Now we've let Chaminda Vaas go, I'd love him to come to Northamptonshire in the summer. Any county team would fancy such a disciplined bowler.

  • Angry_Bowler on March 2, 2013, 16:01 GMT

    Good one, however the pitch looks slower side, let see how low and turning it will become. By the way what Sharma is doing, no wicket on first day, I don't think he will get any in the second innings either.

  • Ashishreddy1994 on March 2, 2013, 15:53 GMT

    The way he presents seam is perfect and the way it is he is bright potential to Indian team I would like to see whether he can reverse the old ball at his pace

  • Al_Bundy1 on March 2, 2013, 15:53 GMT

    Bhuvi is a good find for India. But the real question is why do Indian Selectors keep selecting Ishant Sharma?? He is not "unlucky", he is mediocre. We have half a dozen youngsters who can bowl better than him. Shami Ahmed, Ishwar Pandey, Sandeep Sharma, Sandeep Warrier, Imtiaz Ahmed, Awana, etc are all better than Ishant.

  • Rugsy on March 2, 2013, 15:47 GMT

    Well said Sharda. Kumar needs to be nurtured for the future. He has the subtlety and movement that can trouble the best in the world if he is used intelligently. The session between lunch and tea simply screamed for him to have a go, but MS thought differently, although I was also screaming before the TV.

    Incidentally, I just loved the phrase "Australia's final session blancmange-wobble....." Pure jelly, those guys were.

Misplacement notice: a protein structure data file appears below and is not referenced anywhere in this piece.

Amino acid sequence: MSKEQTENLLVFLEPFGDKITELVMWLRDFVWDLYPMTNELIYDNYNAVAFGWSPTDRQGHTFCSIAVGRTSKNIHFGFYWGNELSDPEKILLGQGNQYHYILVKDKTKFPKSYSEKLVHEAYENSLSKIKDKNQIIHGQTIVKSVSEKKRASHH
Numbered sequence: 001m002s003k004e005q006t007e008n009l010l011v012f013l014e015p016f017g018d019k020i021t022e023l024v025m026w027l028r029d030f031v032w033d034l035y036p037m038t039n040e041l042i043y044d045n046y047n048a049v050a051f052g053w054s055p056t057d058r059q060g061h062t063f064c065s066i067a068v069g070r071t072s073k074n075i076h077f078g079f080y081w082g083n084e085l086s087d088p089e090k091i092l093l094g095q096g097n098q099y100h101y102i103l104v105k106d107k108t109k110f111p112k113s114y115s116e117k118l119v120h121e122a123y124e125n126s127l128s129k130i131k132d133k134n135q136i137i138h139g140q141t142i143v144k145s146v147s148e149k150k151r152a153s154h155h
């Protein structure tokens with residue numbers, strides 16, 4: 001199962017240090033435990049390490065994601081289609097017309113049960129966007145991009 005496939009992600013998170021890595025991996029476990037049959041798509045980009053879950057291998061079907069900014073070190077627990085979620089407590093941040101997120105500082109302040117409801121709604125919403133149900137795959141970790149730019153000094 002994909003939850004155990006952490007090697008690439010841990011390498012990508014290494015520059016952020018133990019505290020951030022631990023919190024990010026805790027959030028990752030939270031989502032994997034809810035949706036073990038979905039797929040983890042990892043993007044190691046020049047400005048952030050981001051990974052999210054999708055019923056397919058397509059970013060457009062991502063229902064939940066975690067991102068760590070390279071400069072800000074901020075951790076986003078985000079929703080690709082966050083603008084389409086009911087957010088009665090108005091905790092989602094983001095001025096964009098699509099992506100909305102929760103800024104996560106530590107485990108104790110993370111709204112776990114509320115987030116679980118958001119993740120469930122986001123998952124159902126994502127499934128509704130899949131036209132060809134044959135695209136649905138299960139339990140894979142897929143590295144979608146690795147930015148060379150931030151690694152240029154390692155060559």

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  • Rugsy on March 2, 2013, 15:47 GMT

    Well said Sharda. Kumar needs to be nurtured for the future. He has the subtlety and movement that can trouble the best in the world if he is used intelligently. The session between lunch and tea simply screamed for him to have a go, but MS thought differently, although I was also screaming before the TV.

    Incidentally, I just loved the phrase "Australia's final session blancmange-wobble....." Pure jelly, those guys were.

  • Al_Bundy1 on March 2, 2013, 15:53 GMT

    Bhuvi is a good find for India. But the real question is why do Indian Selectors keep selecting Ishant Sharma?? He is not "unlucky", he is mediocre. We have half a dozen youngsters who can bowl better than him. Shami Ahmed, Ishwar Pandey, Sandeep Sharma, Sandeep Warrier, Imtiaz Ahmed, Awana, etc are all better than Ishant.

  • Ashishreddy1994 on March 2, 2013, 15:53 GMT

    The way he presents seam is perfect and the way it is he is bright potential to Indian team I would like to see whether he can reverse the old ball at his pace

  • Angry_Bowler on March 2, 2013, 16:01 GMT

    Good one, however the pitch looks slower side, let see how low and turning it will become. By the way what Sharma is doing, no wicket on first day, I don't think he will get any in the second innings either.